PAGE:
Let's start off by getting the white elephant out of the room: last week, I spent not one, not two, but seven nights (and six days) at NYU Langone Medical Center. More precisely, I lived in HCC-10: the psychiatric ward. That's right. After a gruesome experience on a psych unit nearly three years ago in Kentucky, I went back for round two.
Round two kicked round one's butt, if I'm being honest ... which I almost always try to be. Hence the purpose of this post.
I didn't want to go to the hospital. In fact I argued (valiantly, I like to think) with the psychiatrist who suggested sending me there. It was the cost, you see. The seclusion. The falling behind in school. Most importantly, it was the fear that people would swoop in like mama eagles and gather me away, pull me out of school, empty my apartment and drag me away from the life I've dreamed of living for the past three years.
The psychiatrist countered all my arguments simply and effectively by asking whether all of that was worth my life. Whether my parents would value saving money over having me with them. Whether I was willing to permanently give up my dreams in order to keep living them temporarily.
In the end the answer to all of those questions was no. No, my fears were not worth my life.
So I went to the hospital. Shaking, heart palpitating, chewing my lips and worrying about insurance, I went to the hospital. Begrudgingly, I voluntarily checked myself in.
You meet the best, most interesting people in a hospital. Because being thrown together in a unit like HCC-10 strips away the performance, the acting, the lies.
There's no need to pretend you didn't feel suicidal last night, because the people you're with understand. There's no need to try and explain exactly how debilitating your depression can be, how paralyzing, because they've been there too. And there's no need to worry that you'll overwhelm them with your pain and drive them away because they've felt it too.
In the hospital, we were ourselves. We made friends. We played games - well, they played endless games of Scrabble, and I joined in when they turned to Catchphrase. We ate decently disgusting food, watched old movies on VHS and gathered at the nurses' station to take our meds. We commiserated over how hot, and then cold, the unit was, over sleepless nights, over worried futures. We all hugged when someone left and said not to cry — things on the outside are scary, but it's the only way to live a life.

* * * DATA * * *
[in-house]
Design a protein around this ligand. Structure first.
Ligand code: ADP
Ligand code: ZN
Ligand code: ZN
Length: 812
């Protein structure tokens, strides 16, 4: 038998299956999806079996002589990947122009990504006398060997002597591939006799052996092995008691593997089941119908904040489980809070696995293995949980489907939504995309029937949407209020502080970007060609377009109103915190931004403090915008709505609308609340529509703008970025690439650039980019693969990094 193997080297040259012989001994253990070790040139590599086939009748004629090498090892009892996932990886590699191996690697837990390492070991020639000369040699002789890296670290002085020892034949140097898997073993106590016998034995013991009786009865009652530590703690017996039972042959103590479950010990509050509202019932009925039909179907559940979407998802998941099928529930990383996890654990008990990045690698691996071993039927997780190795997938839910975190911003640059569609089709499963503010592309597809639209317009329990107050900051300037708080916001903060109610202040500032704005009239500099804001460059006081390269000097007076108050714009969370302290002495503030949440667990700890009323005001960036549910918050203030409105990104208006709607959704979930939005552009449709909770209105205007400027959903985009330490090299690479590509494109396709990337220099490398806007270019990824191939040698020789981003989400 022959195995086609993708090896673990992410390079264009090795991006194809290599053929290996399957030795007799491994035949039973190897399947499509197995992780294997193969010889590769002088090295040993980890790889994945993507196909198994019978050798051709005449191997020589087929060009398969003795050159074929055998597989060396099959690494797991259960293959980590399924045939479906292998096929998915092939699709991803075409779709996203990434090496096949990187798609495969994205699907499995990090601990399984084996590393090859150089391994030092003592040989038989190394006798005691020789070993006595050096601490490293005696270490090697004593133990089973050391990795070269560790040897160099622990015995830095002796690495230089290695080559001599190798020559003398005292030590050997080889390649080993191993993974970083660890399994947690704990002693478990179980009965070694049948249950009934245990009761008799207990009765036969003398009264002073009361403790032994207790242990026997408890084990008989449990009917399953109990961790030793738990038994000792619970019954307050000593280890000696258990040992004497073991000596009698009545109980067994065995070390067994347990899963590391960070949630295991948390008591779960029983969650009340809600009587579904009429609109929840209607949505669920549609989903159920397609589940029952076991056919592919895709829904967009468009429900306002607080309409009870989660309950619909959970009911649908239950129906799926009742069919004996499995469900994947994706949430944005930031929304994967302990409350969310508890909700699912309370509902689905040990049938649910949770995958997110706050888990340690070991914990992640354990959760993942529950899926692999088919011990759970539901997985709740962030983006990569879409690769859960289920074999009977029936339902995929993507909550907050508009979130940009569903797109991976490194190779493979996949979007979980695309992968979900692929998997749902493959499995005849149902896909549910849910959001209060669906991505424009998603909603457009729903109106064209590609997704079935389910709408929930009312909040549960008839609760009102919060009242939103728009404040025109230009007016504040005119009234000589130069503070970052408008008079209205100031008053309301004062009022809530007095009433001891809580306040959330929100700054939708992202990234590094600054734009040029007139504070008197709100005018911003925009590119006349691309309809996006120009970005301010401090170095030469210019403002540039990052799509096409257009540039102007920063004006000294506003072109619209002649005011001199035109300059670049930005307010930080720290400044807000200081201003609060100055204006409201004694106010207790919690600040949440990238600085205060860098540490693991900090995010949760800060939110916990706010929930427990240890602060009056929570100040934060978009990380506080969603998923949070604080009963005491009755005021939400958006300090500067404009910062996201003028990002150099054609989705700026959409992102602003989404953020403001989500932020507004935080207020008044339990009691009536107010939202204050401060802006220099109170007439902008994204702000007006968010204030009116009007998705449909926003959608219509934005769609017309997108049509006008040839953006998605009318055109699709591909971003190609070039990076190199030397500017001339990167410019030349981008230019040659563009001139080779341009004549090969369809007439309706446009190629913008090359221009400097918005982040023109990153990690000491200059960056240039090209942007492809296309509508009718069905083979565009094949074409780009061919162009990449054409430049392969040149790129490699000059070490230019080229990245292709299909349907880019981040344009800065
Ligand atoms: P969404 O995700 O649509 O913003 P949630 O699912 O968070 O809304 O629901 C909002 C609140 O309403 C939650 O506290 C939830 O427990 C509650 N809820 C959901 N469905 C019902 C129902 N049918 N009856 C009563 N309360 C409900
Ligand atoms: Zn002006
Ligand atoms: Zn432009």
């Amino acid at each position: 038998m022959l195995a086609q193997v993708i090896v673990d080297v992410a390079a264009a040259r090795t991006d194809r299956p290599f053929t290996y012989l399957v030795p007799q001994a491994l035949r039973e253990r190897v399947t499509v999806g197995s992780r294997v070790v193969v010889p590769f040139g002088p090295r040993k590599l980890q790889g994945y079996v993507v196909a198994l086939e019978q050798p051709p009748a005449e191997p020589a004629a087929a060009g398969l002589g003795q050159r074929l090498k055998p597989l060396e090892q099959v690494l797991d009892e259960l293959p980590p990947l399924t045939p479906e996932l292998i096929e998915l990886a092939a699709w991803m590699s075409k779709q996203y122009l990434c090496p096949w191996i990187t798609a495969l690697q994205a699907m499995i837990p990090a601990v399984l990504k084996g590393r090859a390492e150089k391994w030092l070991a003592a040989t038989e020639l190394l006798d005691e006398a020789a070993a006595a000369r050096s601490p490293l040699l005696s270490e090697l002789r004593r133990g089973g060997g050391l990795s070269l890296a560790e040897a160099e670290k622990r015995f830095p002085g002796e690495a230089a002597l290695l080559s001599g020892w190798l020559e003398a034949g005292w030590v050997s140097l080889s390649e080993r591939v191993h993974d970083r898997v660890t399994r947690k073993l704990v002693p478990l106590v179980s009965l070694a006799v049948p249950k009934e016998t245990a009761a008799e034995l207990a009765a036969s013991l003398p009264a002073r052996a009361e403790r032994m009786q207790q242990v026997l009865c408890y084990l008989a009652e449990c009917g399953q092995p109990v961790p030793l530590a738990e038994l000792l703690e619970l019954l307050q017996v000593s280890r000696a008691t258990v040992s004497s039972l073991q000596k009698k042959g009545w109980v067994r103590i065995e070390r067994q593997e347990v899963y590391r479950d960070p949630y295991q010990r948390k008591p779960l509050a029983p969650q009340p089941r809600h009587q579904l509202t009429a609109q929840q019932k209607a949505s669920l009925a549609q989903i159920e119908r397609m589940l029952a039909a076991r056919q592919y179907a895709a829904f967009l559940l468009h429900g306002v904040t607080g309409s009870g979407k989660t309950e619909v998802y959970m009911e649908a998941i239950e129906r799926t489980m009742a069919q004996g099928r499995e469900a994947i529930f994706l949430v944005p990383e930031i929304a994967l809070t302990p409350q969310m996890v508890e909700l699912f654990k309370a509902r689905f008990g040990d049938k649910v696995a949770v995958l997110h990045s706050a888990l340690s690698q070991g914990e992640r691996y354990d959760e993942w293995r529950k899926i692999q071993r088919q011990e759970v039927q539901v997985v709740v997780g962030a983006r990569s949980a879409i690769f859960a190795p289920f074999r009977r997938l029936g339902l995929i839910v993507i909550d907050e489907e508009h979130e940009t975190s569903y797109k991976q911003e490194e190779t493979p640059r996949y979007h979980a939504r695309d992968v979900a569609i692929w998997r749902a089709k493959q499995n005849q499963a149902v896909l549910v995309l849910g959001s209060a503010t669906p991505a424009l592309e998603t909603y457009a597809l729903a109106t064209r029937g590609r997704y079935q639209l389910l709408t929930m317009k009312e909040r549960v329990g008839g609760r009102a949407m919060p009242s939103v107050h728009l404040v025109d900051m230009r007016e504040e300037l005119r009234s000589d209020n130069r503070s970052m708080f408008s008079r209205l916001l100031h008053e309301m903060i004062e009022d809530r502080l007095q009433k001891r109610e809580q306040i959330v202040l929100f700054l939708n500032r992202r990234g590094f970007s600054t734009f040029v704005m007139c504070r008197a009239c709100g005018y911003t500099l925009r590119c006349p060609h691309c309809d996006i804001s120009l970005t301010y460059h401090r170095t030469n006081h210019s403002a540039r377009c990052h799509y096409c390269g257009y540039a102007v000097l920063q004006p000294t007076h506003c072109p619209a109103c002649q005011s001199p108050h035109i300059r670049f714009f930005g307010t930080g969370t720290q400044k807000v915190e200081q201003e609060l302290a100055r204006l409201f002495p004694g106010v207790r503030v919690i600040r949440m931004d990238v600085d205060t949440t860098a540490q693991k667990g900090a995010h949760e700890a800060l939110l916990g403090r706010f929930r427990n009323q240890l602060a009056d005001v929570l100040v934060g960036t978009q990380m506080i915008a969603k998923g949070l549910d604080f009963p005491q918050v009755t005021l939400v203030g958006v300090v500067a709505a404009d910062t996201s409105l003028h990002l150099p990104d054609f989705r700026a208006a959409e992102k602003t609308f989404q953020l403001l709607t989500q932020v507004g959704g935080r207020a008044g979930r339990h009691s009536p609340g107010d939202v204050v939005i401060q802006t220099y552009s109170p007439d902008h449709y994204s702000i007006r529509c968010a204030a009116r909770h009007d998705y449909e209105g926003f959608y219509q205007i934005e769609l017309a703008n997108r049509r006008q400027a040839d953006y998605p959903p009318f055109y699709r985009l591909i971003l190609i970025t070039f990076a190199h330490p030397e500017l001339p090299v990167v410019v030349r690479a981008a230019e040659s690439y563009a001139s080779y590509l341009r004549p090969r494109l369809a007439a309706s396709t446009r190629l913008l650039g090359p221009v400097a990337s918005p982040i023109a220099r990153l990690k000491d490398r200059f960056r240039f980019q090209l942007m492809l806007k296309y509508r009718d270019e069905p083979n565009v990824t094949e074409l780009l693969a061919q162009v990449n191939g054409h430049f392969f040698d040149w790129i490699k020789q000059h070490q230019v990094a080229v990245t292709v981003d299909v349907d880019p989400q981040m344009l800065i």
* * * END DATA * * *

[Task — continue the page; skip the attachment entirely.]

That's what I learned from the hospital.
I learned that living in an enclosed unit with nurses and doctors constantly fluttering can feel like a warm cocoon. It feels safe. You don't have to worry about shaving your legs or putting on makeup or anything else; you don't even have to worry about putting up a facade.
But after a while, safe becomes claustrophobic. Sure, there's something so simple about only having to choose between hanging out in the bedroom or the day room. But eventually simple becomes mind-numbing and infuriating, honestly. Sure, it was super exciting when I found out that there were menus and I could choose what I wanted to eat. But after a few days my choices felt limited and, yes, claustrophobic. And sure, it was great that I could actually catch a glimpse of the skyline out the window. But after long enough, I wanted to be a part of the skyline. I wanted to walk the streets, feel wind on my face, complain about how hot the sun was and breathe in that not-so-fresh air.
What the hospital taught me is that you can't live life between four white walls. You can't rely on a bunch of doctors to make your decisions for you. You can't hide from the scary things — from the crowds, insecurity, loneliness and stress that are the makeup of life. Because those very things that terrify you are the ones that energize you.
Life is about more than just surviving, sliding from Wednesday to Thursday to Friday.
It's about thriving, about making the most of every experience and grasping at every opportunity for joy, about submerging yourself fully in Wednesday, leaping to Thursday, crashing into Friday.
I felt joy in the hospital for the first time in several weeks. I felt like I could joke and not be covering up a scar, like I could laugh and not want to cry, like I could say "I'm fine" and actually mean it.
But I had to let that joy take me out of the hospital. I had to let it set me free — metaphorically, from the overwhelming depression, and literally, from the locked doors of HCC-10.
So I left. Scared, wondering what would come next, I left. Worried about not having the strength to forge a future for myself, I left.
And I am ever so glad I did.